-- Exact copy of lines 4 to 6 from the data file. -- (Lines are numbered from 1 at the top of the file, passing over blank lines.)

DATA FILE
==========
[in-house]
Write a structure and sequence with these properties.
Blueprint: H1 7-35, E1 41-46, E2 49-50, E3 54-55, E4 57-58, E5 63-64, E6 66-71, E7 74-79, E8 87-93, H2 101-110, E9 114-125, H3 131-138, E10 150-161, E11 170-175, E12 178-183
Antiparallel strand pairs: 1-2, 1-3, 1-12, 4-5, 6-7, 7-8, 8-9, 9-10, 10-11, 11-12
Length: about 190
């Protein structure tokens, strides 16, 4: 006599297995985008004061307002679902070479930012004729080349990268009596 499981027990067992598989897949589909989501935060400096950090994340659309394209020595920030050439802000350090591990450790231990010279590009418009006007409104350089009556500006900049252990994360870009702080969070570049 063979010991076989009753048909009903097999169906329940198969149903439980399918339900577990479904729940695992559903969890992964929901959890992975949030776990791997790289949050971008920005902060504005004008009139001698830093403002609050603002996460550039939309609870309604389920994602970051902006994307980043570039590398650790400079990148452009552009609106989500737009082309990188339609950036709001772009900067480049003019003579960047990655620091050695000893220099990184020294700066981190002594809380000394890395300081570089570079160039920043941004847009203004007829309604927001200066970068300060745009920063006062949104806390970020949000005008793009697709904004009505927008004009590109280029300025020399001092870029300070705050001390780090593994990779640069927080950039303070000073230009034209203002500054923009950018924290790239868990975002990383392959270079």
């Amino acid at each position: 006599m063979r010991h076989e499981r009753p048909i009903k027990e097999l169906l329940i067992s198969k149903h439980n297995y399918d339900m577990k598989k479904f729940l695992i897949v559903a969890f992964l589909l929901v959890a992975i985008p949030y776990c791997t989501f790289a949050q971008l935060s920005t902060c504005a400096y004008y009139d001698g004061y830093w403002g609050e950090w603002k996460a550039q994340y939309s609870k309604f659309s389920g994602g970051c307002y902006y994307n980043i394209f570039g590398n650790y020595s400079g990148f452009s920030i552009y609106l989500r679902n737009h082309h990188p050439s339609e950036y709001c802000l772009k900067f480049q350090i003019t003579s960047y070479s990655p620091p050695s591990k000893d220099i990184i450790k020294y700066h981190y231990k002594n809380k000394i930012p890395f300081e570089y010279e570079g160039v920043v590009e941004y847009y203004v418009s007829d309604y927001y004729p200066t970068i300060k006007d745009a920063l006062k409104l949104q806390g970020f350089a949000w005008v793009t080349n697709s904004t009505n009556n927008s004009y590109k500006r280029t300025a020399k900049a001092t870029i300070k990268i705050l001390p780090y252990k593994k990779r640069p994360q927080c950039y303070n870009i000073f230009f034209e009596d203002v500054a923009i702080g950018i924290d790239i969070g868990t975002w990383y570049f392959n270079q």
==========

Antiparallel strand pairs: 1-2, 1-3, 1-12, 4-5, 6-7, 7-8, 8-9, 9-10, 10-11, 11-12
Length: about 190
């Protein structure tokens, strides 16, 4: 006599297995985008004061307002679902070479930012004729080349990268009596 499981027990067992598989897949589909989501935060400096950090994340659309394209020595920030050439802000350090591990450790231990010279590009418009006007409104350089009556500006900049252990994360870009702080969070570049 063979010991076989009753048909009903097999169906329940198969149903439980399918339900577990479904729940695992559903969890992964929901959890992975949030776990791997790289949050971008920005902060504005004008009139001698830093403002609050603002996460550039939309609870309604389920994602970051902006994307980043570039590398650790400079990148452009552009609106989500737009082309990188339609950036709001772009900067480049003019003579960047990655620091050695000893220099990184020294700066981190002594809380000394890395300081570089570079160039920043941004847009203004007829309604927001200066970068300060745009920063006062949104806390970020949000005008793009697709904004009505927008004009590109280029300025020399001092870029300070705050001390780090593994990779640069927080950039303070000073230009034209203002500054923009950018924290790239868990975002990383392959270079």